Should You Be on a Gluten-Free Diet?

A gluten-free diet sounds like a pretty good idea, right?

Not exactly. The truth is that a gluten-free diet is neither good nor bad on its own. It all depends on who’s eating it.

A gluten-free diet is a good idea if you have celiac disease, a condition affecting roughly 1 in 100 people worldwide. Celiac disease is a long-term autoimmune disorder primarily affecting the small intestine. It creates an immune reaction to eating gluten, a plant protein found in wheat, and the symptoms are severe. In fact, as of this writing, the only recommended treatment for celiac disease is to adopt a gluten-free diet.

Other people who might want to avoid gluten are those who get a rash after eating it (dermatitis herpetiformis), have a wheat allergy, or experience painful symptoms after eating it.

For everybody else, a gluten-free diet probably isn’t doing much for you and could even put your health at risk.

Gluten is a protein that’s found naturally in some grains like wheat, barley, rye, and spelt. Its main job is to bind food together and provide a bit of a stretchy quality. There is no reason to exclude it from your diet if you’re not celiac. Research has even suggested that non-celiacs that don’t consume gluten may increase their risk for heart disease. This is because avoiding gluten could lead to a lack of dietary whole grains, which are rich in vitamins, minerals, and fiber.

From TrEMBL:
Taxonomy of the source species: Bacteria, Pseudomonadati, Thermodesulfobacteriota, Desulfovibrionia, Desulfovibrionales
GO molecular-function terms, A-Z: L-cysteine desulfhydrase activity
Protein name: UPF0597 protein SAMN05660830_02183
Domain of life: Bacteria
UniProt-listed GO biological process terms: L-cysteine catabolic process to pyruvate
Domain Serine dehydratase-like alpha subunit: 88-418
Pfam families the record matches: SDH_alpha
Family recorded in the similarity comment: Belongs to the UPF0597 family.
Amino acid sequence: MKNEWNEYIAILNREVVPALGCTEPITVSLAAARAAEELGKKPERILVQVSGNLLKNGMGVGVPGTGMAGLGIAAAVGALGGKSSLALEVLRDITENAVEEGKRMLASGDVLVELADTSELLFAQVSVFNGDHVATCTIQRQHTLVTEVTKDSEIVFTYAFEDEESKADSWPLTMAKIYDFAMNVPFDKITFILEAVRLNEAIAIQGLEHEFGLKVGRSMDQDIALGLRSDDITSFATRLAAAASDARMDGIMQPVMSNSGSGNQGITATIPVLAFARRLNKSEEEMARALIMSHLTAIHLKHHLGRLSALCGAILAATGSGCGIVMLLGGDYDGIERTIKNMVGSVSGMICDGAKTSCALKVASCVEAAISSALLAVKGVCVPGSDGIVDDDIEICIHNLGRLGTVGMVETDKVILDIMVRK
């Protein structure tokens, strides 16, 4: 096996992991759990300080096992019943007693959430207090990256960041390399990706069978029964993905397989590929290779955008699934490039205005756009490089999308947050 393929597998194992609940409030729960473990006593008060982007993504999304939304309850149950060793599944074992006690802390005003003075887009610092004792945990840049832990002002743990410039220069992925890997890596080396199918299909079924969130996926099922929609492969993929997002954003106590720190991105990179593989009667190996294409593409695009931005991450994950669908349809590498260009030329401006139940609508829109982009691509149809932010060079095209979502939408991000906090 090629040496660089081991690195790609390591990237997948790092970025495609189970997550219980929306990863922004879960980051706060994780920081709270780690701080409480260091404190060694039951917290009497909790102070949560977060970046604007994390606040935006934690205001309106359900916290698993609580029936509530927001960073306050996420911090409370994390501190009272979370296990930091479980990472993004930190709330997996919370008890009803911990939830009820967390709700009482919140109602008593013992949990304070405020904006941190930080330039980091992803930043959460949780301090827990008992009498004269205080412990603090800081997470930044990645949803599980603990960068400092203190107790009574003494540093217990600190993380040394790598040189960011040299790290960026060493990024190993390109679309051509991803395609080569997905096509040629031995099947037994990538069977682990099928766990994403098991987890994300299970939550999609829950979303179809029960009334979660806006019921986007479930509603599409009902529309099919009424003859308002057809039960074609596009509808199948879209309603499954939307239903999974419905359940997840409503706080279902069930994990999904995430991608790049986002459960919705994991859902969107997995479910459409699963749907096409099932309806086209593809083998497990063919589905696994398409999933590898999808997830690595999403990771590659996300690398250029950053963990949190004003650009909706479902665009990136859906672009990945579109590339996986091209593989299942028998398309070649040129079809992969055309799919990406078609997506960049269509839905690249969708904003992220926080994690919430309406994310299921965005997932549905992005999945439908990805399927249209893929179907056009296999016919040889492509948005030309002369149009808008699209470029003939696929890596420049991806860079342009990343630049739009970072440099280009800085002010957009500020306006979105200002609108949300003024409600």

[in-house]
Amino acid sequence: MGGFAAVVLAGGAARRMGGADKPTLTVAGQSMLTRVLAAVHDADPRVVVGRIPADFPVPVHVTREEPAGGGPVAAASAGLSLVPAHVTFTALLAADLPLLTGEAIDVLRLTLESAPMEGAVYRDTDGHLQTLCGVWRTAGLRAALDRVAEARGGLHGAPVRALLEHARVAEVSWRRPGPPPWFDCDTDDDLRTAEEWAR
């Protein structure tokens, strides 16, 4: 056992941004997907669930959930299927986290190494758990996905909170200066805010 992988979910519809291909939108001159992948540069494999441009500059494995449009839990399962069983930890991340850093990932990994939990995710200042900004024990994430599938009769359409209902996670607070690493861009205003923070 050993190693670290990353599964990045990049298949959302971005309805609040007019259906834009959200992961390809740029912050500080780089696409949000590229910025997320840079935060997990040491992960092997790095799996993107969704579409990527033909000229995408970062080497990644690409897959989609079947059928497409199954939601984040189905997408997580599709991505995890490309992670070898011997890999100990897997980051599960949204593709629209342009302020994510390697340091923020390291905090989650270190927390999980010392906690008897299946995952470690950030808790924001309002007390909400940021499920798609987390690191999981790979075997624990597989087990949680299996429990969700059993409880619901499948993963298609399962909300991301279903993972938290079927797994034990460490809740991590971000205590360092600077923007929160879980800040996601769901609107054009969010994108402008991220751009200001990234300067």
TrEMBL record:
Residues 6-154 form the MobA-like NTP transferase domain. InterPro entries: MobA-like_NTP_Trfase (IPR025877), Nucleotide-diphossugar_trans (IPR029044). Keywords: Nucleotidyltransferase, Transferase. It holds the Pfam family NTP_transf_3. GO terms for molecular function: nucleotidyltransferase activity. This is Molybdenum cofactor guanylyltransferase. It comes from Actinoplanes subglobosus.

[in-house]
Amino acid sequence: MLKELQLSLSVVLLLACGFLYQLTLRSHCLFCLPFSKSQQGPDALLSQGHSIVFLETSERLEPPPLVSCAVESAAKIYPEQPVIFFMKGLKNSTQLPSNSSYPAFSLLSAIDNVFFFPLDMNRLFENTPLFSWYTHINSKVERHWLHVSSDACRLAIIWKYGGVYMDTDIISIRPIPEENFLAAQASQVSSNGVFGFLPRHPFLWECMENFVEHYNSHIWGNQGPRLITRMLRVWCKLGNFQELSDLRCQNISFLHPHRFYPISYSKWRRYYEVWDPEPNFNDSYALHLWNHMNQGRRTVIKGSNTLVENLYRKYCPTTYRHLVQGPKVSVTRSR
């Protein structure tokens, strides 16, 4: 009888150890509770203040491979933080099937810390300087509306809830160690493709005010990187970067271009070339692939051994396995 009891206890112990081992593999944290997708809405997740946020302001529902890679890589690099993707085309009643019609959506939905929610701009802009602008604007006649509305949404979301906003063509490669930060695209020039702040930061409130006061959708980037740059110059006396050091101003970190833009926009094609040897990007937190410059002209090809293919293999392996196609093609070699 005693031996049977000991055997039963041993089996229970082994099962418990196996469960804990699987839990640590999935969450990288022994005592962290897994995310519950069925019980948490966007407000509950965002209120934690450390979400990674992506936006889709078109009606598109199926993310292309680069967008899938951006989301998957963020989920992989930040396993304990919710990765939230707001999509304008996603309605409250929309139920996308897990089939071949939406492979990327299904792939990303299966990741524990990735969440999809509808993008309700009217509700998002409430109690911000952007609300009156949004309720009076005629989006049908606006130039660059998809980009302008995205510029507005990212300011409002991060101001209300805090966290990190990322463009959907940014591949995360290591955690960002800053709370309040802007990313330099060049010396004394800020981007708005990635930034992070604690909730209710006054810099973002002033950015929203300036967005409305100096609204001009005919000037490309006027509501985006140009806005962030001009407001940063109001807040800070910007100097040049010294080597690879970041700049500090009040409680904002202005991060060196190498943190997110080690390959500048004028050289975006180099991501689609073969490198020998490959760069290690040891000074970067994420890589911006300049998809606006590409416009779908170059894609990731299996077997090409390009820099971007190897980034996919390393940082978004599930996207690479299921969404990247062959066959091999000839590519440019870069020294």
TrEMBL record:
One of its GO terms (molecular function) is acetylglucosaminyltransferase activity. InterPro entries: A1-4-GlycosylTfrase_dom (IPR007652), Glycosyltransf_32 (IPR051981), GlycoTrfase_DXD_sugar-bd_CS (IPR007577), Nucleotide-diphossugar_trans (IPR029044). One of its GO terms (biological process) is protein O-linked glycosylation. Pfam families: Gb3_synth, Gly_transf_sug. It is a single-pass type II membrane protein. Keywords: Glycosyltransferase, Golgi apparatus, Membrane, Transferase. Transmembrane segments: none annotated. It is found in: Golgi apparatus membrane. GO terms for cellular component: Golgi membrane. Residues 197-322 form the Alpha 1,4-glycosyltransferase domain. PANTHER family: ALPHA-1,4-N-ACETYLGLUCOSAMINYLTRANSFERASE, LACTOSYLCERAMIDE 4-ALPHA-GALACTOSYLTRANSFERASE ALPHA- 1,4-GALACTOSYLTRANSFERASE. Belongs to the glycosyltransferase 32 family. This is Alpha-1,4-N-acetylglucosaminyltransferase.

It’s also possible that gluten acts as a prebiotic, which feeds good bacteria in the gut. A lack of healthy gut bacteria is associated with a host of gastrointestinal diseases including inflammatory bowel disease, irritable bowel disease, and more.

A gluten-free diet is unlikely to limit bloating, promote weight loss, or any other benefits that are often hyped-up online. Put simply, only a very small segment of the population will benefit from going gluten-free.

If you do go gluten-free, some nutrient-dense whole grains don’t have it. They include:

  • Quinoa
  • Brown, black, or red rice
  • Buckwheat
  • Millet
  • Corn
  • Amaranth

And remember—gluten-free cookies, chips, and other processed gluten-free items are not health foods!

Author Bio

Devon Andre has been involved in the health and dietary supplement industry for a number of years. Devon has written extensively for Bel Marra Health. He has a Bachelor of Forensic Science from the University of Windsor, and went on to complete a Juris Doctor from the University of Pittsburgh. Devon is keenly aware of trends and new developments in the area of health and wellness. He embraces an active lifestyle combining diet, exercise and healthy choices. By working to inform readers of the options available to them, he hopes to improve their health and quality of life.

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https://gluten.org/resources/getting-started/celiac-disease-2/
https://www.hsph.harvard.edu/nutritionsource/gluten/

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